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SRA blasts LSB decision to extend consultation period on PII as 'wrong'

LSB says there is 'limited evidence' that cost savings will be achieved

19 August 2014

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The Legal Standards Board (LSB) has issued an extension notice on the Solicitors Regulation Authority's (SRA) application to reform professional indemnity insurance (PII).

The extension notice prolongs the initial decision period to Friday 10 October 2014, which means that whatever decision is made will not be incorporated until at least the next PII renewal season in 2015.

The LSB said in an open letter to the chief executive of the SRA, Paul Philip, that reducing the minimum level of PII from £2m to £500,000 could be argued as prejudicial to the regulatory objective of protecting and promoting the interests of clients.

The LSB also commented that, although the data collected on the proposals was "the best available", without a specific survey and/or modelling exercise, "it may not be sufficiently recent to be a reliable basis for the development of forward looking policy".

The LSB also criticised the SRA's consultation and application, which the LSB says presented potential cost savings as a key driver for the change, despite there being "limited evidence that this will be achieved". The super-regulator added: "The impact on the price of top-up cover does not seem to have been explored in any detail and the time that may be required for the market to adjust to the new regulatory requirements has also not been explored sufficiently."

Its last listed concern was that the potential impact on the Compensation Fund had not been fully explored and consulted on.

The chair of the SRA Board, Charles Plant, said that the regulator was disappointed that the LSB had issued the warning. Plant said that in principle it was the "wrong decision".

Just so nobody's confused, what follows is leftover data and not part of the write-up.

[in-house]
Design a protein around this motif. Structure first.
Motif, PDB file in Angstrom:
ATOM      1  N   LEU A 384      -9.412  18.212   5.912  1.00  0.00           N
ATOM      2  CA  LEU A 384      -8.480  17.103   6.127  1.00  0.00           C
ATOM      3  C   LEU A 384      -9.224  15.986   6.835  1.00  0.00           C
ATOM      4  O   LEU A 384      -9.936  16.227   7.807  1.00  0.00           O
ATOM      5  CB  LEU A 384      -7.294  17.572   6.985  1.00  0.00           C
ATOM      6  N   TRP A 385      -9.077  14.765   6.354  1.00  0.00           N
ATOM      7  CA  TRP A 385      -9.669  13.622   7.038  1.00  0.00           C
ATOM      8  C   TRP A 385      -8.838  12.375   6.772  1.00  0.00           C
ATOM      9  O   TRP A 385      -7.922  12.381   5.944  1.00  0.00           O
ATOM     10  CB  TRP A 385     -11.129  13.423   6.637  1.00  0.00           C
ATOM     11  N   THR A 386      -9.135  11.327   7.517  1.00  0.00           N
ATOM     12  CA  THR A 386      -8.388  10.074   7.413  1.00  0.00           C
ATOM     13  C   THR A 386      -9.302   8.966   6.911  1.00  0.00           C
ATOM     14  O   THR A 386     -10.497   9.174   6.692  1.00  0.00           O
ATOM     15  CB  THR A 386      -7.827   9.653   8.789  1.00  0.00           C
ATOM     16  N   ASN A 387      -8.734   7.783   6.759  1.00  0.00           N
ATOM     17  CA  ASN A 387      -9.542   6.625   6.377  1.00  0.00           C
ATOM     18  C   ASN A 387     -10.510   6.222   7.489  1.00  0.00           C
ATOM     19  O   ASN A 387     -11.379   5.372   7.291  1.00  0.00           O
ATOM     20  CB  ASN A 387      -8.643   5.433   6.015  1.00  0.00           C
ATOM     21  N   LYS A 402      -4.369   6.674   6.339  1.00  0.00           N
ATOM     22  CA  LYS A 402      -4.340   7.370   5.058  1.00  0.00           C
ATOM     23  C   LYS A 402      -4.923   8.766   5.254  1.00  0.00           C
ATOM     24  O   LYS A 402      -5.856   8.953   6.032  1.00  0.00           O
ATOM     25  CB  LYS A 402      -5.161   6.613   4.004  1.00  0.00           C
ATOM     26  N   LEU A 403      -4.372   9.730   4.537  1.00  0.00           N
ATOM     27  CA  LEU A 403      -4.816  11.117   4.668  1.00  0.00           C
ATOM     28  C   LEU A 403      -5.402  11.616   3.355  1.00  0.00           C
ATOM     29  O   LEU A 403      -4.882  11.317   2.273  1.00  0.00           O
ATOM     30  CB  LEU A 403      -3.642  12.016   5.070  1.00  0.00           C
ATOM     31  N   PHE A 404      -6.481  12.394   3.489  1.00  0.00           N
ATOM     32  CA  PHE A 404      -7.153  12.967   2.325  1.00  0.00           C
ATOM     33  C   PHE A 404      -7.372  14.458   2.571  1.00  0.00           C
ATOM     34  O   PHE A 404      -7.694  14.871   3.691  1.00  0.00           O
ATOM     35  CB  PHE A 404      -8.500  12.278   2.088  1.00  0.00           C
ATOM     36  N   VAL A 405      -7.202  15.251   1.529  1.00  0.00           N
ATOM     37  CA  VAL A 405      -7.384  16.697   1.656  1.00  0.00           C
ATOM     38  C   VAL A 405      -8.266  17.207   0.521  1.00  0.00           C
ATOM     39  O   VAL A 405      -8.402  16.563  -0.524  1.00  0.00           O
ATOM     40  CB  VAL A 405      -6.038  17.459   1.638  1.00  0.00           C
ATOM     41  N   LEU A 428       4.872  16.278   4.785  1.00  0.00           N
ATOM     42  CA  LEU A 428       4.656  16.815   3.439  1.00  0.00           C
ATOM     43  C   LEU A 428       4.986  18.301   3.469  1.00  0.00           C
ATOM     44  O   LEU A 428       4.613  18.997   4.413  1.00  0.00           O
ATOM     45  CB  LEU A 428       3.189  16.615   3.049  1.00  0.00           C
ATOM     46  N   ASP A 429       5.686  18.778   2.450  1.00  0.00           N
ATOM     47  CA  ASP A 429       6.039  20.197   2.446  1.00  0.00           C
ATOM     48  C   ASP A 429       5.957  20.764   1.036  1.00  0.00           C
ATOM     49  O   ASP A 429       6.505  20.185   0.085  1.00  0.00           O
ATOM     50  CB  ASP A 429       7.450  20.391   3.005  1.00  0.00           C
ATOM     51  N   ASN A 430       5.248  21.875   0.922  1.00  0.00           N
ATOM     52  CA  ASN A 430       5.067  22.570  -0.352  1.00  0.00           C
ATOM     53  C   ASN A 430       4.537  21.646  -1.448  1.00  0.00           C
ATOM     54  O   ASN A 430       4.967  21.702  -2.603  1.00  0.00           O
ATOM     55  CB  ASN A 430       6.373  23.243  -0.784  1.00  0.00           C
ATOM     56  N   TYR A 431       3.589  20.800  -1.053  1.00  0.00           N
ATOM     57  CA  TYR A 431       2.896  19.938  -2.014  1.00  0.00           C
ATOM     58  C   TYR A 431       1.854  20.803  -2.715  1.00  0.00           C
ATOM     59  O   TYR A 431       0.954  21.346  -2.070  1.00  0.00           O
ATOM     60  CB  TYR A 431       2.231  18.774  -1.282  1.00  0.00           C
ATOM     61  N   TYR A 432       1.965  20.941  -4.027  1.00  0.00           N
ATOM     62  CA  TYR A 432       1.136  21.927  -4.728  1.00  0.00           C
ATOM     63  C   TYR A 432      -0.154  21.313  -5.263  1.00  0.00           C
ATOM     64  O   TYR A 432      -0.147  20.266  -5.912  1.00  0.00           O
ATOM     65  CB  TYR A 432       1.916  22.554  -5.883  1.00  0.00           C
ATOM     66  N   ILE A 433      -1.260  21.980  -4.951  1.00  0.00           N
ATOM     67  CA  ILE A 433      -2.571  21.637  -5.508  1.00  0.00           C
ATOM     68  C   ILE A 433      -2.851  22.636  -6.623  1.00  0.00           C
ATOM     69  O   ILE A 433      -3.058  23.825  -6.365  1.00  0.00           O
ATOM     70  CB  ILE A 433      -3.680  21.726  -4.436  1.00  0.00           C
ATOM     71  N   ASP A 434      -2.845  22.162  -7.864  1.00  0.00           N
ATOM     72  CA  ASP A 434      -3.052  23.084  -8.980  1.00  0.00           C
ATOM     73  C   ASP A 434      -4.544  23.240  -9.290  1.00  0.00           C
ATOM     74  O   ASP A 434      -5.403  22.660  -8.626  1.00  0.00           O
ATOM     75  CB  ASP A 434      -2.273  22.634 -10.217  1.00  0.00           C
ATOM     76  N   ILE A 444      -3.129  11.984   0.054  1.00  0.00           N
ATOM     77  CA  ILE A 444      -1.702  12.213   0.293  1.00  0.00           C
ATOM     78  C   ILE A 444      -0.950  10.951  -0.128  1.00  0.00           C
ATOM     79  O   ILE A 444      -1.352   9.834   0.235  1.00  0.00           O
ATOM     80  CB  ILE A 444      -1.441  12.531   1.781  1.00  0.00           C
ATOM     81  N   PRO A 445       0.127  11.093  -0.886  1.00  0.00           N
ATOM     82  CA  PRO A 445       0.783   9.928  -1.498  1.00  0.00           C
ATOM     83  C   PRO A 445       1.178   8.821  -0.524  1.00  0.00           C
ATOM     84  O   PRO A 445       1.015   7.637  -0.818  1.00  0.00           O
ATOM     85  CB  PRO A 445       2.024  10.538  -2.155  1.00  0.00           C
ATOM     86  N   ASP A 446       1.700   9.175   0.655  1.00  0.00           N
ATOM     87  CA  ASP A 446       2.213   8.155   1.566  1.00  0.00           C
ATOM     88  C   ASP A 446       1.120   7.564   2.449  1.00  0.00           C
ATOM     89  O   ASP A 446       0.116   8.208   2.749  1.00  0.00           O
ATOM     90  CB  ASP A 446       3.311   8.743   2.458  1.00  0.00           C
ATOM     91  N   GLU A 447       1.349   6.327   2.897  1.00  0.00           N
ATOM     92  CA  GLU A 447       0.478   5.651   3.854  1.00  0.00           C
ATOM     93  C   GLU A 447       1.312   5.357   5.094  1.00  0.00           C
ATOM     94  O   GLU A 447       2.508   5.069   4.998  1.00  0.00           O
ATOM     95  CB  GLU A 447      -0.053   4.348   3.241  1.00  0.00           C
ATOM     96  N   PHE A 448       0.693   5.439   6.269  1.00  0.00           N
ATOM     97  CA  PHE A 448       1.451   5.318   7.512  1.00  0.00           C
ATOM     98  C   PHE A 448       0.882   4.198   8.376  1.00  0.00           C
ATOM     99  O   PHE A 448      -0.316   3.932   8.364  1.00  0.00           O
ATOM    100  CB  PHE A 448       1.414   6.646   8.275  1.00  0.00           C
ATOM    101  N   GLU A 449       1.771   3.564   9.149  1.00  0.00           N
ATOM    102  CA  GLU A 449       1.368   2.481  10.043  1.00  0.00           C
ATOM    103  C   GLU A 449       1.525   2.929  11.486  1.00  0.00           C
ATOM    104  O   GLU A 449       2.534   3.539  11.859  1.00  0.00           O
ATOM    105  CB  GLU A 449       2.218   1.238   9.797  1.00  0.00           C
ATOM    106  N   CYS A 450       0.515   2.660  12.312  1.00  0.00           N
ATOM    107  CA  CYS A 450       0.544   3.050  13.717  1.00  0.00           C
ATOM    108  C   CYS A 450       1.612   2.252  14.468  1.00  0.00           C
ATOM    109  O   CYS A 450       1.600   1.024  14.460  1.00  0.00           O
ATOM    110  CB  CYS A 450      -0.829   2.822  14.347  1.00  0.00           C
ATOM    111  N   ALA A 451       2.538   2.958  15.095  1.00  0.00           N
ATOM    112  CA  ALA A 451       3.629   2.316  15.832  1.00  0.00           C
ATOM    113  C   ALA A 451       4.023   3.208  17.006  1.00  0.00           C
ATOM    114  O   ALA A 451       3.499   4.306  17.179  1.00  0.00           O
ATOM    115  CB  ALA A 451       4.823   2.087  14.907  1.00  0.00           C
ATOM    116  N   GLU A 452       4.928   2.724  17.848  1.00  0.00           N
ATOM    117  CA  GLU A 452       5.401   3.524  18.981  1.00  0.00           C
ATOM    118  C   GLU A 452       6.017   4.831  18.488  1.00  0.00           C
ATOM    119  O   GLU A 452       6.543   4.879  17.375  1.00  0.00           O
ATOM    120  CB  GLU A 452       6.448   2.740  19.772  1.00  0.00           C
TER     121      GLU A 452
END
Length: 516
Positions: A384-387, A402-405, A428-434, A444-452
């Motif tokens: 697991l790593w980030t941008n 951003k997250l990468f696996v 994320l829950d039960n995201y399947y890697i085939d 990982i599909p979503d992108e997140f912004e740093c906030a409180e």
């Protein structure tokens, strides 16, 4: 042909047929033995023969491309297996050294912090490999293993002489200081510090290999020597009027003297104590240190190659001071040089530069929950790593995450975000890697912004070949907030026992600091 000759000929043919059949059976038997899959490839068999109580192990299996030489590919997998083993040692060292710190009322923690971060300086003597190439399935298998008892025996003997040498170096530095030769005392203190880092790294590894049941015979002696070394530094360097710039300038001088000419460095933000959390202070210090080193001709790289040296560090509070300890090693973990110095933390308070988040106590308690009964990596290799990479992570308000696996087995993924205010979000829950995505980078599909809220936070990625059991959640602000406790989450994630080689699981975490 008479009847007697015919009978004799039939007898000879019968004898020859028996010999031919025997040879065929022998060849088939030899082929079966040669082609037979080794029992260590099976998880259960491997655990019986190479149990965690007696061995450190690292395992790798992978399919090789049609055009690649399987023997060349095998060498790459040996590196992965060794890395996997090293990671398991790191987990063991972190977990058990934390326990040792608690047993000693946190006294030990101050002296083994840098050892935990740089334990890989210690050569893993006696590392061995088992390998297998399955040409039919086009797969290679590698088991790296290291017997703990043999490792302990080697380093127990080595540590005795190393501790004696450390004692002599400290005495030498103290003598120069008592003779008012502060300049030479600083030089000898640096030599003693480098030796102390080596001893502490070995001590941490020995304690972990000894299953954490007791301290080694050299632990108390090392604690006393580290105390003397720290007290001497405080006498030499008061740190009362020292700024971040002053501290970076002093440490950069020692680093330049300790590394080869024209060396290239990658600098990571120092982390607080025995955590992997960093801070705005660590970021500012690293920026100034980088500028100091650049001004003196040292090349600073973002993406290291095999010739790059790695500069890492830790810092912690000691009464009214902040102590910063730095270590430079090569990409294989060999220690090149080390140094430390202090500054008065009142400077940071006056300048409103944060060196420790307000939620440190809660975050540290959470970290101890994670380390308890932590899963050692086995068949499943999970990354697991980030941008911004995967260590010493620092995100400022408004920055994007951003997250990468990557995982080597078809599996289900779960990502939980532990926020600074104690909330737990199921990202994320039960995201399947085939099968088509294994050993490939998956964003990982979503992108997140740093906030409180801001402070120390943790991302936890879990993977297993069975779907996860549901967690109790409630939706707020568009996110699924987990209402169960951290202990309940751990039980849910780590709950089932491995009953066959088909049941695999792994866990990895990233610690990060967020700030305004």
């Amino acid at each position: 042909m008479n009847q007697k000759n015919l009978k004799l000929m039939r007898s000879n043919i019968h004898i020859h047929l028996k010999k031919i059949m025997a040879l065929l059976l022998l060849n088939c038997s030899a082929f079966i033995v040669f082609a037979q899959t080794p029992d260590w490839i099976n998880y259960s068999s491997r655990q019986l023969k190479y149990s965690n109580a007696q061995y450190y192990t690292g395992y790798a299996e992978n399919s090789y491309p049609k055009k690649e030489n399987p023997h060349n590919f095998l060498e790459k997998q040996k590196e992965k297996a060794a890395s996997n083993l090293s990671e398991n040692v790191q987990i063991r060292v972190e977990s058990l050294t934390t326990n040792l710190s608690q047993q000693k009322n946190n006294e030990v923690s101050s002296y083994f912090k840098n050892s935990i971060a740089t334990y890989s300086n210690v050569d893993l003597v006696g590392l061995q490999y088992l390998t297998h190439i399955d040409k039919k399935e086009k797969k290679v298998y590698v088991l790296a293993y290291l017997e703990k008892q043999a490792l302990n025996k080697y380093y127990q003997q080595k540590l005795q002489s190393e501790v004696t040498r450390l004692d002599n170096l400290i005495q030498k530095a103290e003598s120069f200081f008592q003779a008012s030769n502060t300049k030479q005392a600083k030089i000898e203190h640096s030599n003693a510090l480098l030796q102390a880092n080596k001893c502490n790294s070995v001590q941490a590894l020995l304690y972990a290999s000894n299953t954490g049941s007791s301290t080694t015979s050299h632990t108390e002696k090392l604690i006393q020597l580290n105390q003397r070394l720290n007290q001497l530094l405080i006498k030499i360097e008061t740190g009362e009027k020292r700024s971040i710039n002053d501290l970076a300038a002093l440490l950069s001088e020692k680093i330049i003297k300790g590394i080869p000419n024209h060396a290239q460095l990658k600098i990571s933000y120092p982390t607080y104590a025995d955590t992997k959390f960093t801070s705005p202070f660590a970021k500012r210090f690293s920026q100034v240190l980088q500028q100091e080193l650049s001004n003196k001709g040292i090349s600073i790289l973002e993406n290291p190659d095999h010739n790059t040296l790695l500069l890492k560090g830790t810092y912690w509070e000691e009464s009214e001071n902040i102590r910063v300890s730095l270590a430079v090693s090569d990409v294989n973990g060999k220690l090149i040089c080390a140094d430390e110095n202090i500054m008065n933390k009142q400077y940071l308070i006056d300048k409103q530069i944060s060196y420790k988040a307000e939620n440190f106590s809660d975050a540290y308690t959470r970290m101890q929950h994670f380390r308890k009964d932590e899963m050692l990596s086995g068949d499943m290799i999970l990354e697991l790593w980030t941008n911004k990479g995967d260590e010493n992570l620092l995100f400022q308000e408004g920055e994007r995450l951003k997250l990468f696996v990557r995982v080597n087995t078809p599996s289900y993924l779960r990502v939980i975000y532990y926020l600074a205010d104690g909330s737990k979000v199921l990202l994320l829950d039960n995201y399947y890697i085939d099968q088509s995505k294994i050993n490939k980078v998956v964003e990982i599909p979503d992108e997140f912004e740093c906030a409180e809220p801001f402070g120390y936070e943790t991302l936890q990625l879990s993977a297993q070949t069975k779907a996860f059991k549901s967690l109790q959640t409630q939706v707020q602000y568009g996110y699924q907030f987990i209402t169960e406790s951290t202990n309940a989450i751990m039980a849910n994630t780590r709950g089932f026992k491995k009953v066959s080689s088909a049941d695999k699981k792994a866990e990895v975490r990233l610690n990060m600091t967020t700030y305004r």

"We remain convinced of the case for changing arrangements for professional indemnity insurance, in order to deliver benefits for solicitors and consumers alike," he said.

Plant added that the SRA will continue to develop the proposals.

At the same time, the LSB has also issued a warning notice to the Law Society stating that it is considering refusing the SRA's application in part. The warning notice expires on 17 August 2015. In its letter to the Law Society, the LSB cited the reduction in minimum cover as its main concern.

Not just a small-firm issue

"This is good news for the profession as well as clients. There was a real risk that firms would end up paying more for the same or less, and there would have been some who would suffer real hardship as a result," said Frank Maher, a partner at Legal Risk.

"We are seeing far more large claims than in the past, and even small firms are finding that £3m is not enough, let alone £500,000. The change proposed by the SRA would have meant a reduction in protection for work already undertaken.

"It is not just a small firm issue - there have been enough cases of large firms closing and relying on run-off cover to demonstrate that. But it is only a stay of execution for the moment, and a full review of the whole scheme is required."

Maher noted that, over the past few years, 4,500 policies have been sold to solicitors by insurers who have become insolvent. "Going forward, we need to achieve a balance which avoids the need for firms whose record may not be impeccable, or whose finances are strained, being thrust into the arms of unrated insurers who may let them down in their hour of need when the claims come in. Other jurisdictions manage to achieve that balance, so it is not unattainable."

First reported in Solicitors Journal. For more information on this subject please visit SJ.

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